I’m afraid not. Rather so-called Persian astrology lying between India and the Mediterranean is an amalgam of Hellenistic and Vedic astrology. Early Hellenistic writers like Dorotheus of Sidon were translated into Persian. At a much later time Middle Eastern writers like Abu Masshar, and Massha Allah were translated from Arabic into Latin. And regarding Tajika, those who do use Tajika in India use a sidereal zodiac not tropical.
Inconsistent Tropical Axiomatic System
Modalities of the Rasis (Signs)
Another valid argument for using the Tropical Zodiac and confirming the relationship of Rasis to the intertwined movement of the Sun and the Earth is the modalities of the Signs. Aries, Cancer, Libra and Capricorn are called moveable signs. Their common characteristic is change and their beginning heralds a change in the Sun's movement. At 0 degrees Aries the Sun crosses the equator on its way North, changing from the Southern hemisphere to the Northern hemisphere.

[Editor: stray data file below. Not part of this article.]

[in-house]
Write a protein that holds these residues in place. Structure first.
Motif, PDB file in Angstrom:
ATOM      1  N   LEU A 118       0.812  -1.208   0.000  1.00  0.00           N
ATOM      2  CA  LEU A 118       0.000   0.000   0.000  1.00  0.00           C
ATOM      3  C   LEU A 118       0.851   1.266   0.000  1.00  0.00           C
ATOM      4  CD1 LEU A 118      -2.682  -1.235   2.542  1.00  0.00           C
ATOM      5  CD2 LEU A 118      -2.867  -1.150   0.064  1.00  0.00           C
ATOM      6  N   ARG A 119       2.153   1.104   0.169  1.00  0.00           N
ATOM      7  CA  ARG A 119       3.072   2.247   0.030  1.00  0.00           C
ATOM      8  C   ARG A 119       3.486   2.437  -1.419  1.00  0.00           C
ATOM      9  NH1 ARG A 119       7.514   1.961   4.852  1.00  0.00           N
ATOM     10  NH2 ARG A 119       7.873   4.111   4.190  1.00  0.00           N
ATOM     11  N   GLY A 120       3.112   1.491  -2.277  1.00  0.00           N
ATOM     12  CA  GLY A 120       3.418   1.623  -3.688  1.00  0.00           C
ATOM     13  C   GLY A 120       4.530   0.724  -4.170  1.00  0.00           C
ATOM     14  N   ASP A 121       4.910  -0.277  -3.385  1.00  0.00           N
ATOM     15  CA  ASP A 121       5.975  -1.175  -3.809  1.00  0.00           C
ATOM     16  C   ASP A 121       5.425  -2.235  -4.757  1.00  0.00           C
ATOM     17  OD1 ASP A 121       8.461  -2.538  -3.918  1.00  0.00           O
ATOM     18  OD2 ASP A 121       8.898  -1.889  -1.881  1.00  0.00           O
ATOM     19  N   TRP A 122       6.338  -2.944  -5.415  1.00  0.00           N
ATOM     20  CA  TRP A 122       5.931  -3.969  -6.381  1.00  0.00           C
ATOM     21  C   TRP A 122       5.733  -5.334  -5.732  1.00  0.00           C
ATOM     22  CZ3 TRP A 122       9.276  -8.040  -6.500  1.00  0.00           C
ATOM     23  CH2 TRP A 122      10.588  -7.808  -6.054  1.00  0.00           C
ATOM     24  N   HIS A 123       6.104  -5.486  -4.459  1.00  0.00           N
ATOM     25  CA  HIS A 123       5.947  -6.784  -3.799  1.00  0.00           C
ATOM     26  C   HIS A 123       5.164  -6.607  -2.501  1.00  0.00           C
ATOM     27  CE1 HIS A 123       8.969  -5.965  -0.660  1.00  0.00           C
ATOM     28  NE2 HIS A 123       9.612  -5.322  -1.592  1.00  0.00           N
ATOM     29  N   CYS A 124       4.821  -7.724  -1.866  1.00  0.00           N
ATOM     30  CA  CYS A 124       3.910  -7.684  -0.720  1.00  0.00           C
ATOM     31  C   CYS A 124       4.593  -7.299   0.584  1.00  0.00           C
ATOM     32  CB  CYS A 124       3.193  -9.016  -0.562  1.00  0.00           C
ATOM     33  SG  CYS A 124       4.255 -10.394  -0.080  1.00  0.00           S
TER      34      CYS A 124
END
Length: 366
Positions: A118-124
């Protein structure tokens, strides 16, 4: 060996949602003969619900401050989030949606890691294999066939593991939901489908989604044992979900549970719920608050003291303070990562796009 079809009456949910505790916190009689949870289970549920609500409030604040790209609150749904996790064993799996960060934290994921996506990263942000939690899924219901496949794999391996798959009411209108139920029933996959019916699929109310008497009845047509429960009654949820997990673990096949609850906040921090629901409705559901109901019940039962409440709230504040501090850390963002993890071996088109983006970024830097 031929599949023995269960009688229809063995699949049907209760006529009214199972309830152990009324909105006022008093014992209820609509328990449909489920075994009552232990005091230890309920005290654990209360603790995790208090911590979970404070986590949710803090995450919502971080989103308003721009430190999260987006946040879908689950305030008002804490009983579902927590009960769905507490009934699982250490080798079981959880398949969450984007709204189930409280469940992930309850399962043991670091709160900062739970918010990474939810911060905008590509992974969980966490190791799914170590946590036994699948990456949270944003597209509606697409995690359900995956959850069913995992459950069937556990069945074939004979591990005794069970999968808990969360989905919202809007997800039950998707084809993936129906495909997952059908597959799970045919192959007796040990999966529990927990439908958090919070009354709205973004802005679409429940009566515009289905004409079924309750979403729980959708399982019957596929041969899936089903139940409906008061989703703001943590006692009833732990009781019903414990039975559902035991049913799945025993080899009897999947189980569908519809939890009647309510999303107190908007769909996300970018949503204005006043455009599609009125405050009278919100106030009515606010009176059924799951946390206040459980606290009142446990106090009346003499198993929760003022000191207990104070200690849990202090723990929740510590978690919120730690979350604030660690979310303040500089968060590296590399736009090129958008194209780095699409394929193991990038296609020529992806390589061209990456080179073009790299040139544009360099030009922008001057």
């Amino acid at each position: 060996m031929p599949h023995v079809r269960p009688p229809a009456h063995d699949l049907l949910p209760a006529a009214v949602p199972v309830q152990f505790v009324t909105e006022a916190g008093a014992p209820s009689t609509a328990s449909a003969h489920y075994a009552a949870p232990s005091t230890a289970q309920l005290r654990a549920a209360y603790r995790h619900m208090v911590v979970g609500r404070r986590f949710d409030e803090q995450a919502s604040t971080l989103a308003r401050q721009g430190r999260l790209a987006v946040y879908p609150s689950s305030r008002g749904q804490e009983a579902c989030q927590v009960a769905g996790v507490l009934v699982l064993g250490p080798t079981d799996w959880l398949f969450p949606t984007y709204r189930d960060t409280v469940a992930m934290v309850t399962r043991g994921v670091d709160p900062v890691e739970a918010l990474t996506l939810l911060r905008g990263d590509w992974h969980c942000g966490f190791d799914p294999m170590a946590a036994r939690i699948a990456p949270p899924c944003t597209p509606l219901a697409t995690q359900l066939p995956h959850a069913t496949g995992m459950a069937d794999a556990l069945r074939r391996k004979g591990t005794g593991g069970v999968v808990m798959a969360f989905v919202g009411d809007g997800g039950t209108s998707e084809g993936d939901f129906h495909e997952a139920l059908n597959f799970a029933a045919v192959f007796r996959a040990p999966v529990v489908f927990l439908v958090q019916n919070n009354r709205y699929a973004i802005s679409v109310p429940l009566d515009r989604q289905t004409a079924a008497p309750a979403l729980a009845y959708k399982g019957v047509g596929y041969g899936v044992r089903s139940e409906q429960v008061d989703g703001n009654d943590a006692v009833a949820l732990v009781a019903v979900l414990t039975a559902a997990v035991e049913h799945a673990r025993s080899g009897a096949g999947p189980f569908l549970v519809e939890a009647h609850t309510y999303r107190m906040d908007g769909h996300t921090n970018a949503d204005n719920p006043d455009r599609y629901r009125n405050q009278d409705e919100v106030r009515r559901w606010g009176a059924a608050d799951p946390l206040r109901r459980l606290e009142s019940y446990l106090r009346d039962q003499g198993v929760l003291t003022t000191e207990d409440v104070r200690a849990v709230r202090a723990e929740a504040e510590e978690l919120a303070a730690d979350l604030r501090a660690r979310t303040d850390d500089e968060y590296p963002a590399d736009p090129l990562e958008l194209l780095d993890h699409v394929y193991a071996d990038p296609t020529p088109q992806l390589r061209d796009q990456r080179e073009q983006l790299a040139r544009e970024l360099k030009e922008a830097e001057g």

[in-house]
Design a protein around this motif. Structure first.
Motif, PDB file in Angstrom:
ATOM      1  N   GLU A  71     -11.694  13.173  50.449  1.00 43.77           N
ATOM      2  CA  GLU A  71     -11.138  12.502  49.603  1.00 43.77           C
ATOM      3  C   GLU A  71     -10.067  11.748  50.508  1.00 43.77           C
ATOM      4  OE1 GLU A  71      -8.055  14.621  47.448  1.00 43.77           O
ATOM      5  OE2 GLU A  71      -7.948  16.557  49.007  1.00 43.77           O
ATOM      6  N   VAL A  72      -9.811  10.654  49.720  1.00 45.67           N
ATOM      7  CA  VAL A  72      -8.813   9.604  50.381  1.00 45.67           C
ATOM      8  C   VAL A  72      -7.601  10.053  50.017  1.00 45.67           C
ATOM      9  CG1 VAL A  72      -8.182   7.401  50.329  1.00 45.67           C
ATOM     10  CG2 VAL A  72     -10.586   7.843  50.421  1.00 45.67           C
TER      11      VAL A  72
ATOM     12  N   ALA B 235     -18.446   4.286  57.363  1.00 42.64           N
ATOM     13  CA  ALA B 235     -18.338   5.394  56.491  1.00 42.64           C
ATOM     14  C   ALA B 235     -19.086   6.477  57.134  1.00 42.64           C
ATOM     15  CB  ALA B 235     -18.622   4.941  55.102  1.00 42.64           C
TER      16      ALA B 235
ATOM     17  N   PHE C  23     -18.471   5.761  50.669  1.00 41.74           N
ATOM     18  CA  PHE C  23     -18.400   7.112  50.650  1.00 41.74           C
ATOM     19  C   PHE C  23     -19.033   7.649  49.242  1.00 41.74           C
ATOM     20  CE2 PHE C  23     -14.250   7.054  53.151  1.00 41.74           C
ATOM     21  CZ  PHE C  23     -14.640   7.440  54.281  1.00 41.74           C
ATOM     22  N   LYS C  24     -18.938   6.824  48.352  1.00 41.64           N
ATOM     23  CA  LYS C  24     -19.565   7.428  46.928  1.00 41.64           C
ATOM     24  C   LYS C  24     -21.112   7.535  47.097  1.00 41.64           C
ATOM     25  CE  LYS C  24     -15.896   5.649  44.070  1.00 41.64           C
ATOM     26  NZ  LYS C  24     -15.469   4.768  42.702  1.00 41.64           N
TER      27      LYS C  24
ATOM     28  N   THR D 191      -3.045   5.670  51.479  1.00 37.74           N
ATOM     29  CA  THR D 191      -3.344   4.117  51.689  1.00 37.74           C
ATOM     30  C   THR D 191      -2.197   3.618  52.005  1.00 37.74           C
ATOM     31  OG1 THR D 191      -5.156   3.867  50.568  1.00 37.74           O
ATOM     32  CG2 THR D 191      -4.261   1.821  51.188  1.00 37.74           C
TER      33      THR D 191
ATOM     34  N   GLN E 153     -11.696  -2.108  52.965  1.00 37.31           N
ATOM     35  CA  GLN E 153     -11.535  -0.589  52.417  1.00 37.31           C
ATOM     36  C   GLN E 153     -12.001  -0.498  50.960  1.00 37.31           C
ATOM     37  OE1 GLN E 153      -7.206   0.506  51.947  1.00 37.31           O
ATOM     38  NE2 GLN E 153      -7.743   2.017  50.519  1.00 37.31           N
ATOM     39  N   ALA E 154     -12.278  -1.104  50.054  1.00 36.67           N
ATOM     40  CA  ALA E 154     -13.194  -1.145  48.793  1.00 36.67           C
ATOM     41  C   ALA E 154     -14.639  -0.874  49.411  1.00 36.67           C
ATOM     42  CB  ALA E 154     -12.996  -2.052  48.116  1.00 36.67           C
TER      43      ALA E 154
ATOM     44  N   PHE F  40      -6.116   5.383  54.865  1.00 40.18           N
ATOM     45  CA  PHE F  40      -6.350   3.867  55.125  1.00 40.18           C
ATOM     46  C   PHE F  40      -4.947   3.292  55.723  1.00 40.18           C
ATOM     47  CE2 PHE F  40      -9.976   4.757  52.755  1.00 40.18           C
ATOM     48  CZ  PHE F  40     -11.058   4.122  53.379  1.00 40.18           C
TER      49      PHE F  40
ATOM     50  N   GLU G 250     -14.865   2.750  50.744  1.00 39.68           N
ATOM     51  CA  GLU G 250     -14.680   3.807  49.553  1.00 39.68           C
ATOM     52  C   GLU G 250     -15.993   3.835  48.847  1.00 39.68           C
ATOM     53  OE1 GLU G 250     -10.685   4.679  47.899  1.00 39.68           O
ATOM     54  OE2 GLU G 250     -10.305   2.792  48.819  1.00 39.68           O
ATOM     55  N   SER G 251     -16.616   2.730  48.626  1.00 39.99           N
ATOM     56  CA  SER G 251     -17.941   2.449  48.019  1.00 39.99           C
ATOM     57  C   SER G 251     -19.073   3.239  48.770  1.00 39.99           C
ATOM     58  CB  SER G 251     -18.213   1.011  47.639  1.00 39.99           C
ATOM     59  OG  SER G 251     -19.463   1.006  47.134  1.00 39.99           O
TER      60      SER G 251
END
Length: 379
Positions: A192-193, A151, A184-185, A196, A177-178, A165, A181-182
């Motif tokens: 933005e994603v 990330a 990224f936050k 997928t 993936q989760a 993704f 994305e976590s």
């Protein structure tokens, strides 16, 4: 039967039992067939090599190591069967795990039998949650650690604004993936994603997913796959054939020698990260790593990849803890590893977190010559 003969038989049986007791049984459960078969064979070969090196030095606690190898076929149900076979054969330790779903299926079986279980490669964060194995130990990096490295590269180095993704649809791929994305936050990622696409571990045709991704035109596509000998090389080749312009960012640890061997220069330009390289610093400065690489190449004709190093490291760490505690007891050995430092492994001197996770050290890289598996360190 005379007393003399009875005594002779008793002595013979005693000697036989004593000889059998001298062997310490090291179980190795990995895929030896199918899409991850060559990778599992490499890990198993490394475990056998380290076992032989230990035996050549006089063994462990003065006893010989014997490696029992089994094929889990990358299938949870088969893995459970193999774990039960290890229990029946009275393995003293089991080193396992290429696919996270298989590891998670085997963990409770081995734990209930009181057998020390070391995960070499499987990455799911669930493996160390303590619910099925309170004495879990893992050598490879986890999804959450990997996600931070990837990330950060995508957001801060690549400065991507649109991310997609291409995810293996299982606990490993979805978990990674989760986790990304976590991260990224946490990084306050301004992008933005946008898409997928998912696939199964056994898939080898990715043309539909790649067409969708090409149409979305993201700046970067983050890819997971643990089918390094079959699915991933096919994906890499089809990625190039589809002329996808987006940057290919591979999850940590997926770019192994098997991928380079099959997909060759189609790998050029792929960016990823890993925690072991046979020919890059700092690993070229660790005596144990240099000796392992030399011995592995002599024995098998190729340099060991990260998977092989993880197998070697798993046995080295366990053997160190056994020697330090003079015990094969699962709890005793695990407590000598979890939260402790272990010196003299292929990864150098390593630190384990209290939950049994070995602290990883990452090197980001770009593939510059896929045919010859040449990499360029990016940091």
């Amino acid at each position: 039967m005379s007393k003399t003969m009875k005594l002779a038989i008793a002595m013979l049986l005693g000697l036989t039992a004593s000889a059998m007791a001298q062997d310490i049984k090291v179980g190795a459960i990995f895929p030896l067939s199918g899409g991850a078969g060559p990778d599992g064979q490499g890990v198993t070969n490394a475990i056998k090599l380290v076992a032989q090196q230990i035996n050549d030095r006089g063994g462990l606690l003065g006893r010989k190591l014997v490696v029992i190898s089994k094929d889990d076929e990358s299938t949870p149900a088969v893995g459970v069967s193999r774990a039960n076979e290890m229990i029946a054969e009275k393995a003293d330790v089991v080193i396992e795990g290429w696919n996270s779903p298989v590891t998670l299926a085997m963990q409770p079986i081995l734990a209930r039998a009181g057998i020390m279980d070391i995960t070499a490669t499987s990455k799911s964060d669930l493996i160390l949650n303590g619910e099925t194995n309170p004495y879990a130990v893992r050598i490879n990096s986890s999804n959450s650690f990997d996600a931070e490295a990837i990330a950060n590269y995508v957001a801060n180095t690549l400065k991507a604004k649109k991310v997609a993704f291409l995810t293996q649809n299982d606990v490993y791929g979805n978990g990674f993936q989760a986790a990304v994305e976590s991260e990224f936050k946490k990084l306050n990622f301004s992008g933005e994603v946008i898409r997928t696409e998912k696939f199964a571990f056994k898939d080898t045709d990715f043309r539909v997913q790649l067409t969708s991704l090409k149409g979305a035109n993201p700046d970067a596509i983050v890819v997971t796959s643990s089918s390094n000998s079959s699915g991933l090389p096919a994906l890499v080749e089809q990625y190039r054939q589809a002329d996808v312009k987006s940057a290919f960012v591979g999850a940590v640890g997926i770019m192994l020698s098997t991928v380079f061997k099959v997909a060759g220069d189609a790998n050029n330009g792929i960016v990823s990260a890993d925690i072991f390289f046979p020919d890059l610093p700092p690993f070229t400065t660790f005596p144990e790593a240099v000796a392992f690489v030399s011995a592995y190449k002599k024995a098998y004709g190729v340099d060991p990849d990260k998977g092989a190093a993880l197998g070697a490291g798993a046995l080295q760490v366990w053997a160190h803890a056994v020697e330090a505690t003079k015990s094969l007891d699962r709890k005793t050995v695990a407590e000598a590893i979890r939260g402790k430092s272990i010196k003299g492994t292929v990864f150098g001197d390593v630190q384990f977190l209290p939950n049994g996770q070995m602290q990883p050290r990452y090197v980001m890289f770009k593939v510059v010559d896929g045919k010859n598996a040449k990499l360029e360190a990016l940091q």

At 0 degrees Cancer the Sun changes from moving North to moving South. At 0 degrees Libra the Sun crosses the equator on its way South, changing hemispheres and at 0 degrees Capricorn the Sun begins to move North. If the Rasis were sidereal and not based upon the Sun's movement in relation to the Earth, there is no valid reason why these particular signs would herald change.
The fixed Rasis, Taurus, Leo, Scorpio, and Aquarius, represent the Sun being steadfast and resolute on its course. The dual Rasis, Gemini, Virgo, Sagittarius and Pisces, represent the Sun losing momentum on its course and getting ready for a new beginning. This is why these signs are energy transformers. The dual signs are steadfast and resolute just enough to get the job done but are also flexible enough to allow for necessary change.